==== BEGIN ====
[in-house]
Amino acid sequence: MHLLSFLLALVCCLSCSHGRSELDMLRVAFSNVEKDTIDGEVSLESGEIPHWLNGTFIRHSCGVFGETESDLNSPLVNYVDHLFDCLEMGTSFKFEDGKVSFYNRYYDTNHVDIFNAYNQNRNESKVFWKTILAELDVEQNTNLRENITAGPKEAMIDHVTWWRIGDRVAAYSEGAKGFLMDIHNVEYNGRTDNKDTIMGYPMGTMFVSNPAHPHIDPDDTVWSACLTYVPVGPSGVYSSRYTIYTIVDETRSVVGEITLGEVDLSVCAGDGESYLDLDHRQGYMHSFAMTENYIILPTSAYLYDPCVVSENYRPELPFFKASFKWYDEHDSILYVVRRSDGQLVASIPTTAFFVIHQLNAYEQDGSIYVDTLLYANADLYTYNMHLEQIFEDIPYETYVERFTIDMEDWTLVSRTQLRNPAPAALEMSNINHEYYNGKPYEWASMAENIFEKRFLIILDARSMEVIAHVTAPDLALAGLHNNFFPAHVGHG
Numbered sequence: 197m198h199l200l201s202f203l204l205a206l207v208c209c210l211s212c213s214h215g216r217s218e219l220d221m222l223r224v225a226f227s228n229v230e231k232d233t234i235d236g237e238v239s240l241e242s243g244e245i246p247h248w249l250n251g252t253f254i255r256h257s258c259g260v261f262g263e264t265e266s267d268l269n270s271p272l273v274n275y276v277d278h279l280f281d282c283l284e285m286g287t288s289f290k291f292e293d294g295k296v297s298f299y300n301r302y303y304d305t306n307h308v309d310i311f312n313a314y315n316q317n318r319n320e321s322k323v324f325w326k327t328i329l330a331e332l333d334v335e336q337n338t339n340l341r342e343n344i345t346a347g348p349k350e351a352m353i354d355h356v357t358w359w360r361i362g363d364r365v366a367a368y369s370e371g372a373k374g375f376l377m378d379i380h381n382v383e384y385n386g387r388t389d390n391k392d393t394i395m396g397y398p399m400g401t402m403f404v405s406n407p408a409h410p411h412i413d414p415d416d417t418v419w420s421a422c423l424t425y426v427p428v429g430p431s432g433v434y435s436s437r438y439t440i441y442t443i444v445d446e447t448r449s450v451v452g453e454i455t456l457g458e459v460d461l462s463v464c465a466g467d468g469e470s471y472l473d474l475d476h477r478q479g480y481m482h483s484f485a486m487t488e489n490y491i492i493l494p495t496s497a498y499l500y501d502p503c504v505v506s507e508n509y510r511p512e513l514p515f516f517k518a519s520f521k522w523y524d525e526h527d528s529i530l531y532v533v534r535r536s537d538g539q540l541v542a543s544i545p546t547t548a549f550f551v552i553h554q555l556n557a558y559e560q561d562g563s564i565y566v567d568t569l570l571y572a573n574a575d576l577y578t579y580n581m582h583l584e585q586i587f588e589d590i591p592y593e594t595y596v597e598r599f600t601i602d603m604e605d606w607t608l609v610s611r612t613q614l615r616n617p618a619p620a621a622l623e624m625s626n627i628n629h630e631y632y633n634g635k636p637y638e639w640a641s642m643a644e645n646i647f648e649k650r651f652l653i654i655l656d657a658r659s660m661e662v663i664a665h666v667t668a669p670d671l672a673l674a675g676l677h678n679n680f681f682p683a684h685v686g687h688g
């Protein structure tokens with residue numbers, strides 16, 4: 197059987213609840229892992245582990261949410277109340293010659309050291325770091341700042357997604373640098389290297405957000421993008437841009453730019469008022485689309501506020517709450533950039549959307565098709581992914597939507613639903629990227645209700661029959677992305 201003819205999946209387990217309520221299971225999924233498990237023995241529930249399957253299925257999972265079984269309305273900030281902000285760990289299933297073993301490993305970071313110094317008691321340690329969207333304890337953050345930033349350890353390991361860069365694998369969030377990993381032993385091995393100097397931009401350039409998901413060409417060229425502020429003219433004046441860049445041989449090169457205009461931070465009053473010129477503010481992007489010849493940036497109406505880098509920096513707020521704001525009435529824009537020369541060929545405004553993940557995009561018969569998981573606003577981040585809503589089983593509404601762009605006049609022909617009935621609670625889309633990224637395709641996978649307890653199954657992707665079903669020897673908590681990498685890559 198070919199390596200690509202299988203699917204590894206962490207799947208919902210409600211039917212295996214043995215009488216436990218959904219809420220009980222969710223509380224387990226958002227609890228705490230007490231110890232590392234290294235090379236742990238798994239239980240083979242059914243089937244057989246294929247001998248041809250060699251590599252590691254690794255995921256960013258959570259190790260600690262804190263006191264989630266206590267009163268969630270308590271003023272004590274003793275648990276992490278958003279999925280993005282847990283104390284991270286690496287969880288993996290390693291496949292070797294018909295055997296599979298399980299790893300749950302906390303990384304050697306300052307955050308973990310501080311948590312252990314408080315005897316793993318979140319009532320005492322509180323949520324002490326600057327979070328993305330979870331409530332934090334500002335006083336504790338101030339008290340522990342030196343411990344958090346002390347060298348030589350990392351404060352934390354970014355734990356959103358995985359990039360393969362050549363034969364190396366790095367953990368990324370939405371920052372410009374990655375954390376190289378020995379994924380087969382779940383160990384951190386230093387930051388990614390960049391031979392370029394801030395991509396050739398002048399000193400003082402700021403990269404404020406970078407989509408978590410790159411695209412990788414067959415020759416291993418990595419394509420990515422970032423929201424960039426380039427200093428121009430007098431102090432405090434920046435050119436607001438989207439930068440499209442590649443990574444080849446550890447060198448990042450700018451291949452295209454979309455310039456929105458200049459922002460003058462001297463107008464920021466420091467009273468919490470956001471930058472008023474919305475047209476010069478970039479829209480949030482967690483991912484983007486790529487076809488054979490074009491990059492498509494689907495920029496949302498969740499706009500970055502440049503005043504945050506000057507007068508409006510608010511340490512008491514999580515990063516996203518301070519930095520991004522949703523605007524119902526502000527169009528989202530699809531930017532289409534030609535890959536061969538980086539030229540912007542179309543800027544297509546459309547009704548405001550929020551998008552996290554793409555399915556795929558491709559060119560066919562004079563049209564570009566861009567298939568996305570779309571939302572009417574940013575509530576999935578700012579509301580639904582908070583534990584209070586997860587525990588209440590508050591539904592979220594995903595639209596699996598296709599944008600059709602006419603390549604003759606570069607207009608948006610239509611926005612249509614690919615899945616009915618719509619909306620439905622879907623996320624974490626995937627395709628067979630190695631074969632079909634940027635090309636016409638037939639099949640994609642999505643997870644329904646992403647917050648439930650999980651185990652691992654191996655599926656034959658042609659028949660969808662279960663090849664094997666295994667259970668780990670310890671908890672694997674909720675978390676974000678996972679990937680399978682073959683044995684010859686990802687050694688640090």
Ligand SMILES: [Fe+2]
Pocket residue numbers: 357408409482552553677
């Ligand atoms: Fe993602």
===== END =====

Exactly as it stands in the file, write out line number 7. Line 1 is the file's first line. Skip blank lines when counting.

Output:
């Ligand atoms: Fe993602």